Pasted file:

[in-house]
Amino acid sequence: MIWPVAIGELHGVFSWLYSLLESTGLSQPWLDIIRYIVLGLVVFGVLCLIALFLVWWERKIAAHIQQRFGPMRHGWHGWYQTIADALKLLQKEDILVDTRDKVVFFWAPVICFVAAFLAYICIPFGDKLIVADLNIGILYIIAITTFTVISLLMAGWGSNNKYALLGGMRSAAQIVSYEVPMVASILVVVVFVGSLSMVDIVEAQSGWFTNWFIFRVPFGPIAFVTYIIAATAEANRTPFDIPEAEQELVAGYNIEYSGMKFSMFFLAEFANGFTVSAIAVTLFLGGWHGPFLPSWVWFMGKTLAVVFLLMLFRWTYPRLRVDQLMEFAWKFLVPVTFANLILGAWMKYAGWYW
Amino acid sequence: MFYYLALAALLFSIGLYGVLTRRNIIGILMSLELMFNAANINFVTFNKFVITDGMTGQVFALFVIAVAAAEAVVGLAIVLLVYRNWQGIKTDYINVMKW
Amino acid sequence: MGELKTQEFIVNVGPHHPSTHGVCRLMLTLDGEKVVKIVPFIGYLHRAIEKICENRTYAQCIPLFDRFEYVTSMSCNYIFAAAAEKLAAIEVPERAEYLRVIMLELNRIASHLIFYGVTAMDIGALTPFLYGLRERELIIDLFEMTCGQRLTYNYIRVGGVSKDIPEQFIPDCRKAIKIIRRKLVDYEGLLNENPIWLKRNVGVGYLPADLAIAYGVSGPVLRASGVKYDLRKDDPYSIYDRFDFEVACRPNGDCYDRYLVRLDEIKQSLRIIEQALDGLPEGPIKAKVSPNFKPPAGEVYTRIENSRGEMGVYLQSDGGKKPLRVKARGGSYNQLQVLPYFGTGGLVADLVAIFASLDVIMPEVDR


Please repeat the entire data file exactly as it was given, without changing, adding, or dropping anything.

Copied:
[in-house]
Amino acid sequence: MIWPVAIGELHGVFSWLYSLLESTGLSQPWLDIIRYIVLGLVVFGVLCLIALFLVWWERKIAAHIQQRFGPMRHGWHGWYQTIADALKLLQKEDILVDTRDKVVFFWAPVICFVAAFLAYICIPFGDKLIVADLNIGILYIIAITTFTVISLLMAGWGSNNKYALLGGMRSAAQIVSYEVPMVASILVVVVFVGSLSMVDIVEAQSGWFTNWFIFRVPFGPIAFVTYIIAATAEANRTPFDIPEAEQELVAGYNIEYSGMKFSMFFLAEFANGFTVSAIAVTLFLGGWHGPFLPSWVWFMGKTLAVVFLLMLFRWTYPRLRVDQLMEFAWKFLVPVTFANLILGAWMKYAGWYW
Amino acid sequence: MFYYLALAALLFSIGLYGVLTRRNIIGILMSLELMFNAANINFVTFNKFVITDGMTGQVFALFVIAVAAAEAVVGLAIVLLVYRNWQGIKTDYINVMKW
Amino acid sequence: MGELKTQEFIVNVGPHHPSTHGVCRLMLTLDGEKVVKIVPFIGYLHRAIEKICENRTYAQCIPLFDRFEYVTSMSCNYIFAAAAEKLAAIEVPERAEYLRVIMLELNRIASHLIFYGVTAMDIGALTPFLYGLRERELIIDLFEMTCGQRLTYNYIRVGGVSKDIPEQFIPDCRKAIKIIRRKLVDYEGLLNENPIWLKRNVGVGYLPADLAIAYGVSGPVLRASGVKYDLRKDDPYSIYDRFDFEVACRPNGDCYDRYLVRLDEIKQSLRIIEQALDGLPEGPIKAKVSPNFKPPAGEVYTRIENSRGEMGVYLQSDGGKKPLRVKARGGSYNQLQVLPYFGTGGLVADLVAIFASLDVIMPEVDR